Magda Wierzycka is one of South Africa's most successful female entrepreneurs, and arguably its most influential in the financial services sector. Wierzycka has also become one of the most outspoken South African CEOs on the subject of corruption and the abuse of the disadvantaged. Earlier this year, her criticism of asset management rival Allan Gray ultimately led to a change in the boardroom of Net1 - a Nasdaq-listed company accused of riding on the backs of welfare recipients. Now Wierzycka has taken action against Big Four accounting firm KPMG.• Just not good enough KPMG! CEO Hoole ducks, dives over Gupta scandal
While South Africans react with outrage over the vast and growing body of evidence that multinationals like KPMG and McKinsey have been complicit in the Gupta state capture campaign, the leaders of these companies are sitting pretty it seems. For example, neither the police nor the Financial Intelligence Centre appear to be investigating damning allegations that KPMG was aware of tax evasion and moneylaundering by the Gupta family. What's more, KPMG CEO Trevor Hoole and team don't seem to think they owe South African taxpayers a detailed explanation for the involvement of KPMG in Gupta affairs.• Meet unrepentant Gupta tax dodge 'lapdog' Moses Kgosana, KPMG heavyweight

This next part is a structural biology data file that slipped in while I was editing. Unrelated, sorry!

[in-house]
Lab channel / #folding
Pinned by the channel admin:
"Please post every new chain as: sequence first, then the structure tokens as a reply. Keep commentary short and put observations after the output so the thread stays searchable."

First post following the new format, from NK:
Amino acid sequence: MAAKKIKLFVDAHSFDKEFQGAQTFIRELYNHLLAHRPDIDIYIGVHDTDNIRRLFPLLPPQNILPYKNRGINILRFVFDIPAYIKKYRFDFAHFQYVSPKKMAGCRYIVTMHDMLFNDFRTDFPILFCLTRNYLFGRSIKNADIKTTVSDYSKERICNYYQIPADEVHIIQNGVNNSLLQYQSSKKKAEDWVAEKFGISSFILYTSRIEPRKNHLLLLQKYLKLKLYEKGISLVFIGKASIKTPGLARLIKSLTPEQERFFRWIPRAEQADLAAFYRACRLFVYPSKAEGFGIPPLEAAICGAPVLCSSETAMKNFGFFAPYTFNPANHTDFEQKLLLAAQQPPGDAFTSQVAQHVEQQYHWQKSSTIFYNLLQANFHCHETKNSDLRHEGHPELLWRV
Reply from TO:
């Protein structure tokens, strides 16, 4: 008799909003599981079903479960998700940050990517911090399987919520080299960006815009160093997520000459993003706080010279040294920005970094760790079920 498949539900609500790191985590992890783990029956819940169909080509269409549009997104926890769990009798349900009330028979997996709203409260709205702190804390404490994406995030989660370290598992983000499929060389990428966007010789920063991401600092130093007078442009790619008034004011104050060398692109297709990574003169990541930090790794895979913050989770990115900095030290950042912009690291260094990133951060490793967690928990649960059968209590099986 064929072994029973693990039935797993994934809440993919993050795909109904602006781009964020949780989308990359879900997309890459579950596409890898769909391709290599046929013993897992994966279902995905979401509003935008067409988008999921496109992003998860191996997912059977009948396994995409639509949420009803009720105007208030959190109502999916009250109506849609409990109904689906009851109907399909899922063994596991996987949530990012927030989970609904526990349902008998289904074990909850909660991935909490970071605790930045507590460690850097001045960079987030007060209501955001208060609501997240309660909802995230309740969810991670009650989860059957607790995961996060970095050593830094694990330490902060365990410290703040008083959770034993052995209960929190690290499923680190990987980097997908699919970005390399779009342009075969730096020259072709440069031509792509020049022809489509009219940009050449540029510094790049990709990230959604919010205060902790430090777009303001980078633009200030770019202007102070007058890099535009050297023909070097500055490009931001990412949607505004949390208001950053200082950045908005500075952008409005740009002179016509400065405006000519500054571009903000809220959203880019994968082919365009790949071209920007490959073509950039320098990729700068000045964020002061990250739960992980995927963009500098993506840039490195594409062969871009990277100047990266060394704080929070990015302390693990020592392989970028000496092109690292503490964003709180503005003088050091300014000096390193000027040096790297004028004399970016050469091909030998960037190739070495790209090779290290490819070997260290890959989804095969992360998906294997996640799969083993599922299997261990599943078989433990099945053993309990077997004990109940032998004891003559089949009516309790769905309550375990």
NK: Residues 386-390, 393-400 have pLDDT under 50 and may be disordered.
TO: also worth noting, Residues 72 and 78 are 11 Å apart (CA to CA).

Moses Kgosana was about to take the chair at Alexander Forbes Group Holdings when his name emerged in secret emails leaked from the heart of the Gupta family empire. He has been linked to an accounting manoeuvre that facilitated state payment for an extravagant private event. Read more.• Gupta tax dodge scandal: 7 questions KPMG bosses DON'T want to answer
Auditing firm KPMG has been thrust into the limelight for its relationship with the Gupta family - Indian immigrants at the centre of a state capture scandal that has engulfed South Africa. KPMG helped the Gupta family divert taxpayers' funds to pay for an extravagant family wedding at Sun City and went one step further in ripping off taxpayers by helping the family to avoid paying tax on the funds. Read more.